Former Provo mayoral candidate says he was offered job to drop out of race

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Former Provo mayoral candidate says he was offered job to drop out of race (Photo: KUTV)

(KUTV) A former candidate for Provo mayor is raising some allegations against one of his opponents who is now waging a write-in campaign for the office.

In a Facebook post, Larry Walters said Odell Miner tried to get him to drop out of the primary race in exchange for a job. That's a violation of state election law.

Miner, who failed to advance to the general election, denied the allegations.

"There was no offer to Mr. Walters to do anything," Miner told 2News. "I don't know where he drew the conclusions he did."

Walters said he met with Miner June 8 at the request of Provo City Councilman George Stewart. Provo City Council Chair Kim Santiago was also there.

During the meeting, Walters wrote on Facebook, Miner floated the idea of Walters serving as deputy mayor. Walters said they also discussed the risk of the two men splitting the vote if they both ran.

"The intent of the meeting seemed clear to me," Walters wrote. "Even though no one explicitly asked me to withdraw, both councilmembers made it clear that they thought Mr. Miner was more electable and the risks if both of us stayed in the race were substantial."

After Stewart and Santiago left the meeting, Walters wrote, Miner also offered him a job as a city consultant on budget reform in his administration.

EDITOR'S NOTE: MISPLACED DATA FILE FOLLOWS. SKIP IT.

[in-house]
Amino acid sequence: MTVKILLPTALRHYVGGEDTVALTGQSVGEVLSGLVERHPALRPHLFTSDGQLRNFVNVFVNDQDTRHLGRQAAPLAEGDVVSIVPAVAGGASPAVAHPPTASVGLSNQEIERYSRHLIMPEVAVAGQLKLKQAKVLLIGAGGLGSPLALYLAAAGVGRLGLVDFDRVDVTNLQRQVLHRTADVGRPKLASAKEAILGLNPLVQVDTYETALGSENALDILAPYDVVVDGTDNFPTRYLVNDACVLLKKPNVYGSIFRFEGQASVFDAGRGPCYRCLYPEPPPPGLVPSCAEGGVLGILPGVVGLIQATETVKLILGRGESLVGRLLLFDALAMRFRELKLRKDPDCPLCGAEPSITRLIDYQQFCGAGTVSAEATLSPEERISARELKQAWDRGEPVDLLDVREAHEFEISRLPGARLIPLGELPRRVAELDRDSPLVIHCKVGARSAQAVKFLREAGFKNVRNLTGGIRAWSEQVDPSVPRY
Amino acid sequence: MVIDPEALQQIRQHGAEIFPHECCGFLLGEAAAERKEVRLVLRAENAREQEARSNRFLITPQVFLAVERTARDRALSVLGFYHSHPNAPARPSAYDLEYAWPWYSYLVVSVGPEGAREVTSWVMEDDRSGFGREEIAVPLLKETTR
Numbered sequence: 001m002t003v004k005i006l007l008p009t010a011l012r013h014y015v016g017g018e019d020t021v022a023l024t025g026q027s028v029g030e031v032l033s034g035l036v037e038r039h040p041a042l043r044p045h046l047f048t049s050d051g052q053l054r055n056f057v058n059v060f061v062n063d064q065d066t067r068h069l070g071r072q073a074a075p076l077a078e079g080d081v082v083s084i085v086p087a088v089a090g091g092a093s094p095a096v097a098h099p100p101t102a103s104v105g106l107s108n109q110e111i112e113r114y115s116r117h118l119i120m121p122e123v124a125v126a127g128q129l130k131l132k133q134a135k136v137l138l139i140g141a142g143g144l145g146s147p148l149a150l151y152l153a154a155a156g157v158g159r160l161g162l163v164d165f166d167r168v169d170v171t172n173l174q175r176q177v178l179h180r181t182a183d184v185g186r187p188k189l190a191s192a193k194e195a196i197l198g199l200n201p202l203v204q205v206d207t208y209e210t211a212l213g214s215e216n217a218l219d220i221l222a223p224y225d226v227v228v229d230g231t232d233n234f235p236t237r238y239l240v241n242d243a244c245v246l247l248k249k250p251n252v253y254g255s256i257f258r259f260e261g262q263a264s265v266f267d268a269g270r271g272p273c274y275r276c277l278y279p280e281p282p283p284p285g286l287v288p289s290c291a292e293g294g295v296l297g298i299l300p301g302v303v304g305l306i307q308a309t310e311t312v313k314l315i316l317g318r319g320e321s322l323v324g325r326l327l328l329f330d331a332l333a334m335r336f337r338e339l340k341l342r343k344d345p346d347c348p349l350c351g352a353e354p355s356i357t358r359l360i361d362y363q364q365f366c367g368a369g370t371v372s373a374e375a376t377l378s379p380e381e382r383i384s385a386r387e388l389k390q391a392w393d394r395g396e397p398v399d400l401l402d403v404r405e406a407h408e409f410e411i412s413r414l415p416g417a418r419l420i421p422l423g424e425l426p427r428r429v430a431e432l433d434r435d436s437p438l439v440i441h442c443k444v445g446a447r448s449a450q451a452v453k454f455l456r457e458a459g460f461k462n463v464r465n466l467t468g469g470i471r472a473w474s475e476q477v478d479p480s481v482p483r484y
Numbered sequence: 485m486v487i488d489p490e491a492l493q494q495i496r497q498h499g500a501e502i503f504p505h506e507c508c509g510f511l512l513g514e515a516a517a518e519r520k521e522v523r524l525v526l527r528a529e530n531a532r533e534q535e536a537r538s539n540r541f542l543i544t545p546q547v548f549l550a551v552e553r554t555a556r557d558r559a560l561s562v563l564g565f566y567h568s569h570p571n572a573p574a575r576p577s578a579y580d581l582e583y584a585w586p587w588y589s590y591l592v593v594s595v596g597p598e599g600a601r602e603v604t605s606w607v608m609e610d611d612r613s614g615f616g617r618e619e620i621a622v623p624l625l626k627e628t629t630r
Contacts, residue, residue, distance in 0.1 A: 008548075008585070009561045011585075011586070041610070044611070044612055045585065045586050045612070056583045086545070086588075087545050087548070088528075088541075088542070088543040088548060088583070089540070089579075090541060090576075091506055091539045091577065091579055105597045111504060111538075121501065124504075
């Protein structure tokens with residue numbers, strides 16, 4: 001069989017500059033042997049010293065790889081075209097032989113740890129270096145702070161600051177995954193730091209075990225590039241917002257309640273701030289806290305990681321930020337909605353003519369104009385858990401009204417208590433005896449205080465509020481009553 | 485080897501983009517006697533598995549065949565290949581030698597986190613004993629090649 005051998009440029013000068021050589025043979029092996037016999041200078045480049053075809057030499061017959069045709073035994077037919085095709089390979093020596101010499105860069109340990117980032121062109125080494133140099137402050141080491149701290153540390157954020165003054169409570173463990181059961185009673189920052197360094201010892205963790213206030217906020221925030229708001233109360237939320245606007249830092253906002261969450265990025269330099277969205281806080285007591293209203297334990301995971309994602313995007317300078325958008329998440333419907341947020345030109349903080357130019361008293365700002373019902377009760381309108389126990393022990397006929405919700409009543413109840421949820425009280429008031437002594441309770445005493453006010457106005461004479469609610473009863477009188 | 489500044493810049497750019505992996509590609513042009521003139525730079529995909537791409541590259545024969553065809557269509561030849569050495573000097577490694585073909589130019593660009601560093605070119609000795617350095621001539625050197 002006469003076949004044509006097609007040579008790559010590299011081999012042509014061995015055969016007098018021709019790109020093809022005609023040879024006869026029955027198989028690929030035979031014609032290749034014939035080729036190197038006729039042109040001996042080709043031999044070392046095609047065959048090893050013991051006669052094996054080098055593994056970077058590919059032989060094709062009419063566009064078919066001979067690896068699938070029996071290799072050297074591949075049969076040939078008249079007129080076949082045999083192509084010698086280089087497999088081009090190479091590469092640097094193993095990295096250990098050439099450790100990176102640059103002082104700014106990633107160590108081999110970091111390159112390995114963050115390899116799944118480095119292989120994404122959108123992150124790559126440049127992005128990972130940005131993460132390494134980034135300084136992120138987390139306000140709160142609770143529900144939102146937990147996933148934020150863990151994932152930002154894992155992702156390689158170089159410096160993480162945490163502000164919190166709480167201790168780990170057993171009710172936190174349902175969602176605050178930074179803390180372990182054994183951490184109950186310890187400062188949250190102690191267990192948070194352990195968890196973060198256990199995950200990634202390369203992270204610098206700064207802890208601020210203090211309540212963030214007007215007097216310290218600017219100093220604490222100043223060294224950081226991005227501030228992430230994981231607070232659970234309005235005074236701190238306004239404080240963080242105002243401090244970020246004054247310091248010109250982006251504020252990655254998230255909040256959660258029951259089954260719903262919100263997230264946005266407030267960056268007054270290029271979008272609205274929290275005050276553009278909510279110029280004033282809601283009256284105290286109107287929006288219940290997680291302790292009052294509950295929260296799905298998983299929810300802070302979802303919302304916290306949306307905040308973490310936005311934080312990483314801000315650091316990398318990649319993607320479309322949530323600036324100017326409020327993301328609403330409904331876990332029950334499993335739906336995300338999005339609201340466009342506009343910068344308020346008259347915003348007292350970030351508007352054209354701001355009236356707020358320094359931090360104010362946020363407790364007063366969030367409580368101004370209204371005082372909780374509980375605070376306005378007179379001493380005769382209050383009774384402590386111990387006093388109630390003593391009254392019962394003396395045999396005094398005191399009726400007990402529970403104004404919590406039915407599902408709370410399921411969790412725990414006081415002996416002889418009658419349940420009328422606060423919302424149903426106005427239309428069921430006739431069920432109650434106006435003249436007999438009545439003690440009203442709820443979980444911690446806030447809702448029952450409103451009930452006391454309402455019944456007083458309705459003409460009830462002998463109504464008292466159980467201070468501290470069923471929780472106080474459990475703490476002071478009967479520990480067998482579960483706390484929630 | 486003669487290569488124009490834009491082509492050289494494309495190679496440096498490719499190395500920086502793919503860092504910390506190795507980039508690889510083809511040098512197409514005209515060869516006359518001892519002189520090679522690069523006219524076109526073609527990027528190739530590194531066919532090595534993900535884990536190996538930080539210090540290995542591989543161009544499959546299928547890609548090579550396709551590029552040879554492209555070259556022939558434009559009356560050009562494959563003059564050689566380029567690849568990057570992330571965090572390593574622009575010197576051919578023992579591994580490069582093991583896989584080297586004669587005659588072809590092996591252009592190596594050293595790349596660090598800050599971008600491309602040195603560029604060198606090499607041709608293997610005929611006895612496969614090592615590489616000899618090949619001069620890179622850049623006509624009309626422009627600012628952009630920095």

The next day, Walters wrote Miner a letter.

"I stated that I was quite troubled following the meeting and that it was my opinion that Mr. Miner’s reference to positions in city government and potential consulting contracts was a violation of state election laws," Walters wrote. "I informed Mr. Miner that, given this interpretation of events, there was simply no way for me to withdraw from the race without appearing to accept what I saw as an illegal offer. I was therefore going to stay in the race."

In a letter a few days later responding to Walters, Miner denied offering him any position. He told 2News Tuesday that Walters' interpretation of events is a "fabrication."

"Neither of the councilmen said anything to him about it and neither did I," Miner said.

Santiago echoed that. She said the group did discuss the implications of both men running, but there was nothing improper.

"There was never a mention that he should step down, ever," Santiago said.

Both men ended up running and failed to advance to the general election. Miner is now running as a write-in candidate.

As for Walters, he's turned his side of the story over to the city attorney.

"The matter has been referred to the City Prosecutor for consideration," said Provo Deputy Mayor Corey Norman in a statement. "To avoid the appearance of a conflict of interest any investigation will likely be referred to another agency."

Stewart told 2News, in hindsight, he regrets setting up the meeting in the first place.

"The purpose of the meeting was to get the two of them to come together on which one would be the best candidate and which one would be willing to run and support the other," Stewart said. "Obviously didn't turn out that way."